Last week was Robin Hood Energy’s third birthday and this feels like an appropriate time to reflect on why Nottingham City Council took the ambitious decision to set it up and recognise what the company has achieved in such a short space of time.
The idea of Robin Hood Energy was born out of the necessity to tackle fuel poverty in Nottingham. In 2010, 21.8% of people in our city were living in fuel poverty meaning that they have required fuel costs that are above average and were they to spend that amount they would be left with a residual income below the official poverty line. As a council we had worked for a number of years trying to tackle this through improving the energy efficiency of homes across the city by installing external wall insulation on 6000 properties, as well as running campaigns that encouraged residents to switch suppliers. This could never change the fact though that the energy market is dominated by six big companies that run a monopoly and put shareholder profits before people.
In 2015 we committed ourselves to tackle fuel poverty by setting up a not-for-profit energy company to sell energy at the lowest possible price to Nottingham people to take on the Big Six. Robin Hood Energy was the first publically owned energy company in the UK for more than 30 years. The company now has 115,000 customers and continues to grow, made £250,000 of surplus faster than most of its closest competitors, is bringing in money to Nottingham City Council by paying back its start-up loan at a commercial rate and now sources all its energy from renewables.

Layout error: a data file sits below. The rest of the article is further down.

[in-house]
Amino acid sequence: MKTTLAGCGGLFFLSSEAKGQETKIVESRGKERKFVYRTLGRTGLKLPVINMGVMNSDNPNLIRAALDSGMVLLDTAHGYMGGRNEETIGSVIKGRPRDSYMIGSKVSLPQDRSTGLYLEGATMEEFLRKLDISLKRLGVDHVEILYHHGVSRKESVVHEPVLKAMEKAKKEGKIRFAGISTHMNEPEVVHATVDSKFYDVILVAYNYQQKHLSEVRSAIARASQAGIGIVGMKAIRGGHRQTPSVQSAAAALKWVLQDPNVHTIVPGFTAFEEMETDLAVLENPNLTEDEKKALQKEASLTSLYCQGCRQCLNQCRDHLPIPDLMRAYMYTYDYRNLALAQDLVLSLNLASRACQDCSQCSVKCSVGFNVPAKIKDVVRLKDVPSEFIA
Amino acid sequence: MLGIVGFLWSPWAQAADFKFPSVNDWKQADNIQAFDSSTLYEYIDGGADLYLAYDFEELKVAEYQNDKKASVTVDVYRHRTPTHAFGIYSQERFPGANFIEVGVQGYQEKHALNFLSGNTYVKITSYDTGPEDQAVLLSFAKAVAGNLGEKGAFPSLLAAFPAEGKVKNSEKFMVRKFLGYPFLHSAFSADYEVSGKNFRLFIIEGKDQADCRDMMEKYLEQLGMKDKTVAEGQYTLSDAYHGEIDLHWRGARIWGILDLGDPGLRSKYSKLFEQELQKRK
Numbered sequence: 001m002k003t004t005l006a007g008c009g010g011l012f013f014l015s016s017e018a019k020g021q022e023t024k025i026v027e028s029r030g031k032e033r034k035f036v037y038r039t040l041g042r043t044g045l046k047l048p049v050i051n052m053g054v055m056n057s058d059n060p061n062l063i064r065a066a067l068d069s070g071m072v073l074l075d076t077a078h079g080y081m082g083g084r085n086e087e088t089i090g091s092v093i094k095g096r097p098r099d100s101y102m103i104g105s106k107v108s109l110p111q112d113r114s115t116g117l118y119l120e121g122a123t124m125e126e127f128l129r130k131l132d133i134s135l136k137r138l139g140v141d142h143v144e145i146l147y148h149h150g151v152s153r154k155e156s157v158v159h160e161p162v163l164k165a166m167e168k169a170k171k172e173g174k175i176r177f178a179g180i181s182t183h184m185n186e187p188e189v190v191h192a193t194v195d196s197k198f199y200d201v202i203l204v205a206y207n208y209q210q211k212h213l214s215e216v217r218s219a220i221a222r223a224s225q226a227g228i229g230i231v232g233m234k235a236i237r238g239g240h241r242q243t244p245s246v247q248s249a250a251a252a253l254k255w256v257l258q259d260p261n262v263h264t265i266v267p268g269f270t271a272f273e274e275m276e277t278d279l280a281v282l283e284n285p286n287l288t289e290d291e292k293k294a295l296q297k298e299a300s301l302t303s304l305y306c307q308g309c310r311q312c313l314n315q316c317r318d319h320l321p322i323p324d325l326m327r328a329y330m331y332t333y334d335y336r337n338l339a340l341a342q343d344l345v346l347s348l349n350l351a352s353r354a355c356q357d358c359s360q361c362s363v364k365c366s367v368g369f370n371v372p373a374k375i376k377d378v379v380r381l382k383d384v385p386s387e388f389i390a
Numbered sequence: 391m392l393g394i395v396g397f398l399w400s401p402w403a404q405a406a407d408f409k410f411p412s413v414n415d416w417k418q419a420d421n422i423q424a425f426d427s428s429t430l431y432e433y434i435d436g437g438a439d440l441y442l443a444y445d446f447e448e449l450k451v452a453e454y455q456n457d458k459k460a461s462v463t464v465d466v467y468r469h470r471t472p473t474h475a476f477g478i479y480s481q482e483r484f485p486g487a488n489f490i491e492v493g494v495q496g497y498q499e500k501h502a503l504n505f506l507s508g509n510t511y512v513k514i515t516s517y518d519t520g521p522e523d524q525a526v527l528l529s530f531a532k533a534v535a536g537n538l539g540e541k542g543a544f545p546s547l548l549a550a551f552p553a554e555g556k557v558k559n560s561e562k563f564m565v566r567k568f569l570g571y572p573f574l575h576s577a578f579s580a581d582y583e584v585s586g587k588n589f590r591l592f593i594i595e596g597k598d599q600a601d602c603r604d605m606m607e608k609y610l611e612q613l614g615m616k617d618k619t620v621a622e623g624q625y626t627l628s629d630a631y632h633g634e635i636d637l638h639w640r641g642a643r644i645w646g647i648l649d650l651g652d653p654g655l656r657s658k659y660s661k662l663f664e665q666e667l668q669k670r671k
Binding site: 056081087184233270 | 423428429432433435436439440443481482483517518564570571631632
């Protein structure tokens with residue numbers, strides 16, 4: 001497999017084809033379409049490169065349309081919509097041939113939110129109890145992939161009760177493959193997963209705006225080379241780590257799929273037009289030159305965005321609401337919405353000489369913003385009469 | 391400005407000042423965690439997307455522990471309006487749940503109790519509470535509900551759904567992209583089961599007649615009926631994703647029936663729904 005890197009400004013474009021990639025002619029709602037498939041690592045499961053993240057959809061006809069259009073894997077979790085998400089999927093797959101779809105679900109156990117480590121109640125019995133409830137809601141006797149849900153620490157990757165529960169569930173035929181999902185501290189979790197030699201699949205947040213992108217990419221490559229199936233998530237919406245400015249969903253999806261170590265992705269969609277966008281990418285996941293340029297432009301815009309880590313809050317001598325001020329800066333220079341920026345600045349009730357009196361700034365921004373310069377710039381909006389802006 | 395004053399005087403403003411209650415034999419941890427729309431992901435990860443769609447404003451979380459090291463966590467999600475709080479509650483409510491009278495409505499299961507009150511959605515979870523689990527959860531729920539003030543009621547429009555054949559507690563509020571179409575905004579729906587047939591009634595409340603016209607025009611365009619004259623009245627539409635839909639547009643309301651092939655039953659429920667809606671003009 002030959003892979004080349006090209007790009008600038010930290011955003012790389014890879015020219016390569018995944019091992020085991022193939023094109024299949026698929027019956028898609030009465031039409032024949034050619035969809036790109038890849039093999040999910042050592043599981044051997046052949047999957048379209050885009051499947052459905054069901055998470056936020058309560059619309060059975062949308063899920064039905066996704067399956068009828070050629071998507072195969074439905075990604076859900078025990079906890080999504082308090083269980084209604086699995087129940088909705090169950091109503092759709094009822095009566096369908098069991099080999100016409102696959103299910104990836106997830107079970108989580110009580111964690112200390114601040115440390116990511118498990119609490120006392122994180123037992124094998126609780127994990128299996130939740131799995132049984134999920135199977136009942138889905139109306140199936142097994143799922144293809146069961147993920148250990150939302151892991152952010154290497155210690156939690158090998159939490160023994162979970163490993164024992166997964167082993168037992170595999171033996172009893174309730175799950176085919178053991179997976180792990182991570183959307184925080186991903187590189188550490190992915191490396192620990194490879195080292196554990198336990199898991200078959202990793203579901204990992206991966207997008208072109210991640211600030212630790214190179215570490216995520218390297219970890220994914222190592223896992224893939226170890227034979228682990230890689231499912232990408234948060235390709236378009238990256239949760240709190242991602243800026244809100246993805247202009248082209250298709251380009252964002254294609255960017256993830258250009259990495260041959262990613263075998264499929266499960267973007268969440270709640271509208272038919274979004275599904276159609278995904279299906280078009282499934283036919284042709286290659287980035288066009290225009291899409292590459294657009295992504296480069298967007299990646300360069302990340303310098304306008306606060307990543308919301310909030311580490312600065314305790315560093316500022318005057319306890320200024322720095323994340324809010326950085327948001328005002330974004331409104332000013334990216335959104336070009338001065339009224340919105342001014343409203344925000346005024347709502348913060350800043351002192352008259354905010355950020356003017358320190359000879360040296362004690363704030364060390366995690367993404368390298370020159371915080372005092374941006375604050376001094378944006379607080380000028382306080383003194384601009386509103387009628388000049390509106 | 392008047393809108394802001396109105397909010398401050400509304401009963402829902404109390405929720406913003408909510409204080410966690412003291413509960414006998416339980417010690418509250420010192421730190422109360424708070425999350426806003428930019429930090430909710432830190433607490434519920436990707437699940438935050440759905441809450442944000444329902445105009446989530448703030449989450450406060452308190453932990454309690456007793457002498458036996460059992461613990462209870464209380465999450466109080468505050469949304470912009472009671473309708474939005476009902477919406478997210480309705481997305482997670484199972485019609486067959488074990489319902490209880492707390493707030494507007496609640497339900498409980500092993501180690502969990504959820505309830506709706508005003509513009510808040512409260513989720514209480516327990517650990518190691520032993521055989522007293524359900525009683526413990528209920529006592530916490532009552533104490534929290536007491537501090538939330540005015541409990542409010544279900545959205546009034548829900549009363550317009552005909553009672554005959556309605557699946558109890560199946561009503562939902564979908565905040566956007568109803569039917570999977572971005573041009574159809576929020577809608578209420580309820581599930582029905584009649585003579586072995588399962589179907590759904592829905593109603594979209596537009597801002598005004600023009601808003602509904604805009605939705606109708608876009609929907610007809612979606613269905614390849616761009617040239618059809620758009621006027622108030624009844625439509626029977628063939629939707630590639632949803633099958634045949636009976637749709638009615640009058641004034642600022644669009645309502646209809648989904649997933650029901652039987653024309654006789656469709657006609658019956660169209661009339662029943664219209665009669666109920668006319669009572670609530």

Perhaps most significantly, Robin Hood Energy has changed the market with regards to pre-payment meters. Robin Hood Energy introduced Britain’s first competitively priced gas and electricity prepayment tariff for pay-as-you-go customers – those who are most likely to face fuel poverty. The whole energy market followed our lead and even Ofgem has now introduced a prepayments tariff “price cap”.
As of February 2017, the number of households in fuel poverty in Nottingham was 12%, Though that is a significant improvement on the figure eight years ago, there is clearly still more to do. As Robin Hood Energy gains more customers, the cheaper it can make prices for Nottingham people and I am the confident that is what will happen going forward. Its success would no doubt have made one of its founders, Councillor Alan Clark, very proud, who was pivotal in its creation. The company continues to go from strength to strength while fulfilling its purpose of tackling fuel poverty in Nottingham.